The Triple A of Telemarketing, Article 2: Attention


The Triple A of Telemarketing, Article 2 - Attention

If you ask people to list down what they think are the qualities of a good telemarketer, they would probably include things like energetic, argumentative, persuasive, persistent, good talker, has a pleasant voice, warm and friendly, and professionally articulate.

A few, if not none, would include traits like keen observer, empathetic, and a good listener.

That’s because the standard persona of a telemarketer (or anyone involved in sales and marketing, for that matter) is someone who “controls” a conversation with a prospect. It is somewhat expected that the telemarketer would do all the convincing and selling, and then wait for a yes or a no, and that’s it.

Prospects should not lie at the mercy of telemarketers – it should be the other way around.

The flow of the conversation should be dictated by the one who ultimately has the power to take things to the next level, and that power is never rested on telemarketers. The decision comes from the prospects; therefore they should be listened to, not imposed upon.

This is how a telemarketing call should go:

  1. Telemarketer introduces self and company
  2. Telemarketer asks permission to discuss things, prospect agrees
  3. Telemarketer asks probing questions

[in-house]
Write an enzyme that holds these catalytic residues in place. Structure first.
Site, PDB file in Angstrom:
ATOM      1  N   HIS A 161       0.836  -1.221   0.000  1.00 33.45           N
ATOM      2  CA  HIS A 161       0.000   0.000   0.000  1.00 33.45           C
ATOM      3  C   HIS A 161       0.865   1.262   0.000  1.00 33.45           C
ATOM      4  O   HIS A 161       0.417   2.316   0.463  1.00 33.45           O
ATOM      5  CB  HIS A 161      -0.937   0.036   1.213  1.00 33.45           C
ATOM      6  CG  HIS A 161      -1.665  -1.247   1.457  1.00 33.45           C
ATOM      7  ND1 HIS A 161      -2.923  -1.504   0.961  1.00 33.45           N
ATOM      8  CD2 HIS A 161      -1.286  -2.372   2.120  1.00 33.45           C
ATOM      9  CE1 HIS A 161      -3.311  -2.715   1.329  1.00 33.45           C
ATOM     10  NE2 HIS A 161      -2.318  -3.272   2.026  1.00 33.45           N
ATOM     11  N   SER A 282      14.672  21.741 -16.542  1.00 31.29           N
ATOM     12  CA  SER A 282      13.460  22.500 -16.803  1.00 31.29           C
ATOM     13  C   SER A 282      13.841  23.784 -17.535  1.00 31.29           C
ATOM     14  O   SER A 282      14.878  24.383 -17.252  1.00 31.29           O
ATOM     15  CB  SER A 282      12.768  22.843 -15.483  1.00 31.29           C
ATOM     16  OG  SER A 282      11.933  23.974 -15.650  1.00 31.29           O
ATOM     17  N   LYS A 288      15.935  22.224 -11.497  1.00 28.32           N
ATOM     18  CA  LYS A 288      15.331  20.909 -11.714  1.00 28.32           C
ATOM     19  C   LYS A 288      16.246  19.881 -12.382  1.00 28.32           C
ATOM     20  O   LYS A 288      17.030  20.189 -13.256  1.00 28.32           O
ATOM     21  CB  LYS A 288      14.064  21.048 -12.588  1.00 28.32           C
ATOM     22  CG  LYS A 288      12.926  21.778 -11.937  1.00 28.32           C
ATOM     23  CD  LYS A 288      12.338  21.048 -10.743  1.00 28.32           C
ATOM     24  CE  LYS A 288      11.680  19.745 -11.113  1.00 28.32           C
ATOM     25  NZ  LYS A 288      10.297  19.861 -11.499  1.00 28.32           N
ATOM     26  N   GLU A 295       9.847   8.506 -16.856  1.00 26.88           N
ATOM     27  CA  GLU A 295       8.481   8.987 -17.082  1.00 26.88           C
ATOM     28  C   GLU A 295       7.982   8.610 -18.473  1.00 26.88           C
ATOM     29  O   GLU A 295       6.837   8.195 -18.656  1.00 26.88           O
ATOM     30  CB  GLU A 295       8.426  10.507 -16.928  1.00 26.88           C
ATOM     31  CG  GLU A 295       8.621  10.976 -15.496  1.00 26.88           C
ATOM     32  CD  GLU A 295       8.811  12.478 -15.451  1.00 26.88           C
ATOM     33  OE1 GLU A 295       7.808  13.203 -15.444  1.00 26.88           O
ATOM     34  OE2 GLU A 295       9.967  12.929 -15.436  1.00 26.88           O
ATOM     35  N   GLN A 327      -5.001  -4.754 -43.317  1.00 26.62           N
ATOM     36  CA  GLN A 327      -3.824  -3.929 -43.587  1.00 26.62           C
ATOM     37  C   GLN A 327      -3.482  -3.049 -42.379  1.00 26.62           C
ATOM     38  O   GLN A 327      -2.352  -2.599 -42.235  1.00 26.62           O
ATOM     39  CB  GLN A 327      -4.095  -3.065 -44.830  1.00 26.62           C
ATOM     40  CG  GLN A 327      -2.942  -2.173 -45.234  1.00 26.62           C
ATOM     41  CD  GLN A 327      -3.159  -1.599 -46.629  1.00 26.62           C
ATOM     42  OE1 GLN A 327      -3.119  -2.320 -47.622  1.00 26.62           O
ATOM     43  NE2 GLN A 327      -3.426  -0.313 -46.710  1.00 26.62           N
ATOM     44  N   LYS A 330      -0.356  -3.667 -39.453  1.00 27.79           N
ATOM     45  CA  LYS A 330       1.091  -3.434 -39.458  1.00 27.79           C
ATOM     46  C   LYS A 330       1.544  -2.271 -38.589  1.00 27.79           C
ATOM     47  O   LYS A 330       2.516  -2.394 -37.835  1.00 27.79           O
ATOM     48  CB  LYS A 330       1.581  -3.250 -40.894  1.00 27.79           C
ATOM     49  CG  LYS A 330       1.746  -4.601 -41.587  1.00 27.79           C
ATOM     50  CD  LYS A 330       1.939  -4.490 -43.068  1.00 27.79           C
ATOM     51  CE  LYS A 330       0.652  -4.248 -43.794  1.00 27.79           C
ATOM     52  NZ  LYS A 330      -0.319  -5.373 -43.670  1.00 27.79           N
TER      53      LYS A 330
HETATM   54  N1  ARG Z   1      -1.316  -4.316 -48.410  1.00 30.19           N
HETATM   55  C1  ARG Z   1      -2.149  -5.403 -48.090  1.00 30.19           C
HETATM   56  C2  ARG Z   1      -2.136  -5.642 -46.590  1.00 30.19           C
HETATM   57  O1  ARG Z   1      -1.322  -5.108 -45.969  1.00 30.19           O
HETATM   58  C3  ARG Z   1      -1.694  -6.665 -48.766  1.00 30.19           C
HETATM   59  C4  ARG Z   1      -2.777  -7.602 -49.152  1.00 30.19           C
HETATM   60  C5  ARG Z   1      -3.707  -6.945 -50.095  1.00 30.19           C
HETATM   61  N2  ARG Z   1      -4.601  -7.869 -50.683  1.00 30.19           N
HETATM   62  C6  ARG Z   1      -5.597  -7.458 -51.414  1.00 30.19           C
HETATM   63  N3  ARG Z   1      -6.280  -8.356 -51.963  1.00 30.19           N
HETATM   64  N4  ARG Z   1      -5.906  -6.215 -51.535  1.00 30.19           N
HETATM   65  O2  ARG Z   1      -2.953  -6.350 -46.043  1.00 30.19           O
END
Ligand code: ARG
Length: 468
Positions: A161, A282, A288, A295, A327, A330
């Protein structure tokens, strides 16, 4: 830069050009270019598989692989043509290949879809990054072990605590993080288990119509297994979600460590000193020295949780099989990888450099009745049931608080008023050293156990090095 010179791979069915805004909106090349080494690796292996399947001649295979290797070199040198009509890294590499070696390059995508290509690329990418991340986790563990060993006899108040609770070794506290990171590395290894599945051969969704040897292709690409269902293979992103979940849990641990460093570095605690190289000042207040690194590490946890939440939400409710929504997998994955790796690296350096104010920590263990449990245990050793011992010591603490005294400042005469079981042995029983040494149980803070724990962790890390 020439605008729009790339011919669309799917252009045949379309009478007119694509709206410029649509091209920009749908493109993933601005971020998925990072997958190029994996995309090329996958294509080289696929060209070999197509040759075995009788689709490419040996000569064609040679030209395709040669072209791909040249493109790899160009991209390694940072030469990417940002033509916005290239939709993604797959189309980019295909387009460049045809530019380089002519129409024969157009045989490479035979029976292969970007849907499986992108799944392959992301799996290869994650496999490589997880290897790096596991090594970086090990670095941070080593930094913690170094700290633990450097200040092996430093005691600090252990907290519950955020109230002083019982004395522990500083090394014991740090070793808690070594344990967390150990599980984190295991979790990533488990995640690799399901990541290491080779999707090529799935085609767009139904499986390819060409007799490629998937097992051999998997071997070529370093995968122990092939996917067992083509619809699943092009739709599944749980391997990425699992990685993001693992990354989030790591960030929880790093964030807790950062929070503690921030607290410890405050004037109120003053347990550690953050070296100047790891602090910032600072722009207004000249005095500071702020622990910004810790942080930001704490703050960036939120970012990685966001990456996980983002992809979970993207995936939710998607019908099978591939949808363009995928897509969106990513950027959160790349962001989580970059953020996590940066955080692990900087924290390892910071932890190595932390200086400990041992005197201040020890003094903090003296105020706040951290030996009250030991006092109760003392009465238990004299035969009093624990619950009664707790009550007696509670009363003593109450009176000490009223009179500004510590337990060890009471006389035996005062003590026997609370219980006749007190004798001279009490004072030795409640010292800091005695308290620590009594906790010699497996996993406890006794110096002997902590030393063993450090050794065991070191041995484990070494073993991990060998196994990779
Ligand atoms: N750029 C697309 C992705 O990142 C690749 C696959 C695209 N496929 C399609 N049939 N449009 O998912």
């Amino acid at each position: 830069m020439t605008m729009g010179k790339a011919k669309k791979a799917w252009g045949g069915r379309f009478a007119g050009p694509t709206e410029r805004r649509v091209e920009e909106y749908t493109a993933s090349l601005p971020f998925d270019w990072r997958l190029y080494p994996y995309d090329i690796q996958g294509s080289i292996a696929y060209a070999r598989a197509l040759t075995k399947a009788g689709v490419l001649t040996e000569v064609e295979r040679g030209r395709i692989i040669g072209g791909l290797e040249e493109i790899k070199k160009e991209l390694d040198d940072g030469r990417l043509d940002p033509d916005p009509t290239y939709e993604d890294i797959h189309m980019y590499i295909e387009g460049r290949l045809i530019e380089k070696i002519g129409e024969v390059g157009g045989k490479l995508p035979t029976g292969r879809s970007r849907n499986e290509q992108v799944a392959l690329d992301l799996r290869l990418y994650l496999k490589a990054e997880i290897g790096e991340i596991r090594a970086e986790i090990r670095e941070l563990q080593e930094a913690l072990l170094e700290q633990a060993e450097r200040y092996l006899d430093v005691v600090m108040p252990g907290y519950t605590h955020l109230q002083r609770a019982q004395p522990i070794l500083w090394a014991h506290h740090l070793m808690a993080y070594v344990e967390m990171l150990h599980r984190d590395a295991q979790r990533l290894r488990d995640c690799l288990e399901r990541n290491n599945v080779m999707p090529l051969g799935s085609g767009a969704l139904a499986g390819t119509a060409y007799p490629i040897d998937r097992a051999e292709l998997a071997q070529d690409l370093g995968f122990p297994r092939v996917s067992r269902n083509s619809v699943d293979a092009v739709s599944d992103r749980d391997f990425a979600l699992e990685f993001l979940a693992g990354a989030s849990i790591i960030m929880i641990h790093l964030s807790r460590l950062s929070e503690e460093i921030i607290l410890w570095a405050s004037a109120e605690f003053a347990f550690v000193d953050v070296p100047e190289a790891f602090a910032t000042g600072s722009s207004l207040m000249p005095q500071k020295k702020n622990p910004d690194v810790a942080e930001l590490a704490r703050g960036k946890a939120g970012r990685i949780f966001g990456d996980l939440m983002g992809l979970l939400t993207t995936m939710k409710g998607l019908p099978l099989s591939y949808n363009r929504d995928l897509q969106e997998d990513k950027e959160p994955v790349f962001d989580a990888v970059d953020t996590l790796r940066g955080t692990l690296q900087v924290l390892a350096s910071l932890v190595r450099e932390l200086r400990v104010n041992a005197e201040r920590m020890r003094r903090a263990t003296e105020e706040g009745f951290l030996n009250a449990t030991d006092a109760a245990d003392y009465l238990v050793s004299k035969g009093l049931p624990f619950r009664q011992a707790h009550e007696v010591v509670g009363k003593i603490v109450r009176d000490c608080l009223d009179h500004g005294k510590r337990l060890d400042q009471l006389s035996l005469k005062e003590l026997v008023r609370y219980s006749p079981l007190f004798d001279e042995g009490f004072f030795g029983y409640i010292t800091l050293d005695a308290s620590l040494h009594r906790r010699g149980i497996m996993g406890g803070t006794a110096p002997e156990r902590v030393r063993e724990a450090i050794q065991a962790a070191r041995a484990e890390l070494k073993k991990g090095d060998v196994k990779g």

4. Prospects answer, may elaborate freely, while telemarketer listens
  5. Telemarketer acknowledges concerns, offers help
  6. Prospect asks questions, telemarketer answers
  7. Telemarketer offers appointment, prospect agrees
  8. Telemarketer thanks prospect, ends call

As you can see, the progress of a call relies greatly on prospects. If they respond negatively to any of these stages, then the call will fail. Telemarketers should aim to serve prospects, not overpower them. Prospects deserve attention, and to do that, there must be sincerity.

Most of us don’t really listen. Sometimes we just hear words, and if we do listen, we’re often just waiting for the other person to finish talking so we could be the one to talk. We often crave for our friends to listen to us, not realizing that we ourselves never lend our ears to them.

The greatest mistake a telemarketer could do is to dismiss whatever the prospect has just said. Some telemarketers respond with something completely unrelated, or repeat something that’s already been settled. Why? Because they don’t listen, and they’re too preoccupied with how they’re going to deliver their pitch.

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According to forbes.com, here are some of the ways to give proper attention by listening:

  • Be attentive, but relaxed.
  • Keep an open mind.
  • Listen to the words and try to picture what the speaker is saying.
  • Don’t interrupt and don’t impose your “solutions.”
  • Wait for the speaker to pause to ask clarifying questions.
  • Try to feel what the speaker is feeling.
  • Pay attention to what isn’t said.

It’s a simple give and take relationship. If prospects feel that you’ve given them the attention they deserve, they’d be more open to consider what you have to say in the end. That makes it easier for you to better understand your prospect, establish a relationship and achieve your goals.